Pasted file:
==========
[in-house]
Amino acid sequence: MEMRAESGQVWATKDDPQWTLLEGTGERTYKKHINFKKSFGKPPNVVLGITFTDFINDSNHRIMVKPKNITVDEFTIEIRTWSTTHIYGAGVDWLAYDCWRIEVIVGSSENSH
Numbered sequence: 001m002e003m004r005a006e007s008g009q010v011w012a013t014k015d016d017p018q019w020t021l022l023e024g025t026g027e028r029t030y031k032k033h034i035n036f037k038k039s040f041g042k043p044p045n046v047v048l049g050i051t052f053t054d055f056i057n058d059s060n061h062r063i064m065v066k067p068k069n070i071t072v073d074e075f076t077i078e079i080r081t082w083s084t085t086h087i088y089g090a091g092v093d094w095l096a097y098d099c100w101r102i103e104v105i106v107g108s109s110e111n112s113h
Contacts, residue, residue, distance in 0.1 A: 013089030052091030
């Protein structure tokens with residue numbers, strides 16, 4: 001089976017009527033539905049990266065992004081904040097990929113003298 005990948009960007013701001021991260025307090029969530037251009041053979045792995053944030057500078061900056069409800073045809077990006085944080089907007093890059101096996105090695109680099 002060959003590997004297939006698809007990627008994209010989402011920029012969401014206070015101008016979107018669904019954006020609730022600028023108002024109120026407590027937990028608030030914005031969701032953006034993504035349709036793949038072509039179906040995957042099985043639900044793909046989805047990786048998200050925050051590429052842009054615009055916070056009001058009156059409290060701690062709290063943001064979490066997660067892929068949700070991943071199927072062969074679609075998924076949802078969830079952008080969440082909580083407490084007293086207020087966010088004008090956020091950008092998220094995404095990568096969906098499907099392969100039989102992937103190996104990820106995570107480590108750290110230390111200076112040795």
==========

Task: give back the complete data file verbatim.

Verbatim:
[in-house]
Amino acid sequence: MEMRAESGQVWATKDDPQWTLLEGTGERTYKKHINFKKSFGKPPNVVLGITFTDFINDSNHRIMVKPKNITVDEFTIEIRTWSTTHIYGAGVDWLAYDCWRIEVIVGSSENSH
Numbered sequence: 001m002e003m004r005a006e007s008g009q010v011w012a013t014k015d016d017p018q019w020t021l022l023e024g025t026g027e028r029t030y031k032k033h034i035n036f037k038k039s040f041g042k043p044p045n046v047v048l049g050i051t052f053t054d055f056i057n058d059s060n061h062r063i064m065v066k067p068k069n070i071t072v073d074e075f076t077i078e079i080r081t082w083s084t085t086h087i088y089g090a091g092v093d094w095l096a097y098d099c100w101r102i103e104v105i106v107g108s109s110e111n112s113h
Contacts, residue, residue, distance in 0.1 A: 013089030052091030
């Protein structure tokens with residue numbers, strides 16, 4: 001089976017009527033539905049990266065992004081904040097990929113003298 005990948009960007013701001021991260025307090029969530037251009041053979045792995053944030057500078061900056069409800073045809077990006085944080089907007093890059101096996105090695109680099 002060959003590997004297939006698809007990627008994209010989402011920029012969401014206070015101008016979107018669904019954006020609730022600028023108002024109120026407590027937990028608030030914005031969701032953006034993504035349709036793949038072509039179906040995957042099985043639900044793909046989805047990786048998200050925050051590429052842009054615009055916070056009001058009156059409290060701690062709290063943001064979490066997660067892929068949700070991943071199927072062969074679609075998924076949802078969830079952008080969440082909580083407490084007293086207020087966010088004008090956020091950008092998220094995404095990568096969906098499907099392969100039989102992937103190996104990820106995570107480590108750290110230390111200076112040795």